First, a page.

(Photo by Justin Pack, Texan News Service)

According to the report, Justice then took the students outside and performed the ritual, which involved hanging himself from a tree by ropes attached to stakes piercing his pectorals. Afterward, the student said Justice led the students back inside his home, where he tried convincing them to do it themselves. “He then came over to where I was sitting and asked if he could pinch my chest,” the student said. “Then he felt on my chest and said yeah, the stake would go right through here.

… He asked us not to tell anyone about what happened, because he had lost friends from it before and told us he loved us for experiencing it with him.”

Texan News requested Justice’s personnel file and other records about the incident from Tarleton under the Texas Public Information Act. Though the university released the police report, it has yet to release other information requested and has instead asked the Texas Attorney General’s office for permission to withhold it.

Records obtained by Texan News show that Justice was also a temporary instructor and advisor for political science, history, geography, and economics at Texas Tech University in Lubbock. In a letter sent to Justice, Texas Tech stated that his “appointment as a temporary worker… will come to an end on August 31, 2006.”

In a second letter sent on August 28, 2006, Justice was informed that he was “ineligible for rehire with the Texas Tech University System or any of its components.” To read documents from Texas Tech, click here.

Justice also has been involved in the Boy Scouts of America. He is listed on the Southern Region Venturing Boy Scouts of America website as a former Southern Region Associate Advisor. He had been involved in a part of the Boy Scouts, according to a series of Facebook posts that have now been deleted, known as the Order of the Arrow, which also is known as the National Honor Society of the Boy Scouts. Justice frequently posted information about the Boy Scouts and the Order of the Arrow on his Facebook page, which is no longer in service.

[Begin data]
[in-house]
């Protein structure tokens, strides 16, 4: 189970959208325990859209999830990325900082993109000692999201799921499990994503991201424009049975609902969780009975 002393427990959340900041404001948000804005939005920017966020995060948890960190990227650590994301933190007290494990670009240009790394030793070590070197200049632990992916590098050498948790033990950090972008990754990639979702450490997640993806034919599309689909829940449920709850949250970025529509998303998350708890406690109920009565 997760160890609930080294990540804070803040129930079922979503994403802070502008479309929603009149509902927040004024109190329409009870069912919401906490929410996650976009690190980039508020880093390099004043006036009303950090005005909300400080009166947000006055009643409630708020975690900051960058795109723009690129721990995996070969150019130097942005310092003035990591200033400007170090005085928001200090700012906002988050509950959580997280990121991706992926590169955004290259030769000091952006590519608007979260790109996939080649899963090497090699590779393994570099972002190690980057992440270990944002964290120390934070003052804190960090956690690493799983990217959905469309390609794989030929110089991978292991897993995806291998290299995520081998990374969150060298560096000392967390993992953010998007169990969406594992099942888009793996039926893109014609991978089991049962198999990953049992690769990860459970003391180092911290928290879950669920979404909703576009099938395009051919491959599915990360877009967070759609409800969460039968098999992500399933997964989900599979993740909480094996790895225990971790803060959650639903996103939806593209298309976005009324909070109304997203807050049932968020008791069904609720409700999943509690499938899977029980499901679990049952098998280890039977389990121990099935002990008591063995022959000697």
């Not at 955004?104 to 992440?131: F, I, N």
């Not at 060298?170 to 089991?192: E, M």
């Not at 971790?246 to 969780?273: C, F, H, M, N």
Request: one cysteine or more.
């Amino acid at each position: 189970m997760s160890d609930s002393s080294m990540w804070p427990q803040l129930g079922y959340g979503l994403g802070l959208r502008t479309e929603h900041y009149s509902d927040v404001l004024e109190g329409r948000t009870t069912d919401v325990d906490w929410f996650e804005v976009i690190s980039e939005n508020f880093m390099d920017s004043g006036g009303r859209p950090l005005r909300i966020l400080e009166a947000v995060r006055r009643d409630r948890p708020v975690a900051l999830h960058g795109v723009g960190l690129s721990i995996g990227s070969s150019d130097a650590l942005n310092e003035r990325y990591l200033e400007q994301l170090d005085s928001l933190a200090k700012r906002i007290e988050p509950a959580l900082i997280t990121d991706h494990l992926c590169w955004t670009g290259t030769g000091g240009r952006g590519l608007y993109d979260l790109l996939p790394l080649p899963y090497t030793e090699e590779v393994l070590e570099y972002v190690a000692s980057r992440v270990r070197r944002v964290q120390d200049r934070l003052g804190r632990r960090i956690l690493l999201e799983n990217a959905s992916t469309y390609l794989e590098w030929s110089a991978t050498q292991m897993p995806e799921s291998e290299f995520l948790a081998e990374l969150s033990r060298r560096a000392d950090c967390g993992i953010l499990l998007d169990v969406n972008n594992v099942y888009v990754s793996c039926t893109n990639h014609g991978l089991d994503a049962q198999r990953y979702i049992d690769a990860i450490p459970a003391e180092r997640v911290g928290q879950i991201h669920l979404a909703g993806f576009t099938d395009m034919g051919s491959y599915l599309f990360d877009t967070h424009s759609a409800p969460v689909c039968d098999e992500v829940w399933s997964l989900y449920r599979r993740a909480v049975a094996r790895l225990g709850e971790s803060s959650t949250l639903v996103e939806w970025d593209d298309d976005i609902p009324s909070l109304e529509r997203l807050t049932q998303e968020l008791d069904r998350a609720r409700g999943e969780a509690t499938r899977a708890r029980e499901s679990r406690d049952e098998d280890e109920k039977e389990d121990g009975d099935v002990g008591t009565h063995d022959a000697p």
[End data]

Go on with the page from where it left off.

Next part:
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4 Responses

  1. Chris Ireland says:

    Does this article need to exist? I am not sure there is any news here. What we have is a former Tarleton colleague who is going through tremendous personal turmoil and had an vulnerable moment (in an obviously inappropriate situation). He already has paid a heavy price for his professional indiscretions. Why air his personal issues publicly for all to read and gawk at? Do we need to shame him any further? I don’t see how this helps him.

  2. Gforce4ever says:

    People need to remember that PEOPLE ARE PEOPLE. This man’s job does not absolve him from humanity. It doesn’t strengthen his resolve. If nothing else, the stress of leading others is often more than some can bear without assistance. To chastise a person for having his or her own life, making choices which are personal and meaningful, and even failing to meet his or her own standards of professionalism or personal goals is to forget one’s own limitations and needs.

    Okay, he provided alcohol to minors. For that, he should be charged, if the evidence is enough to convict. If not, leave the man alone, other than offering sage advice or assistance from an official agency which may provide support.

    You want to ruin someone’s career? Choose any politician you like, and go at it.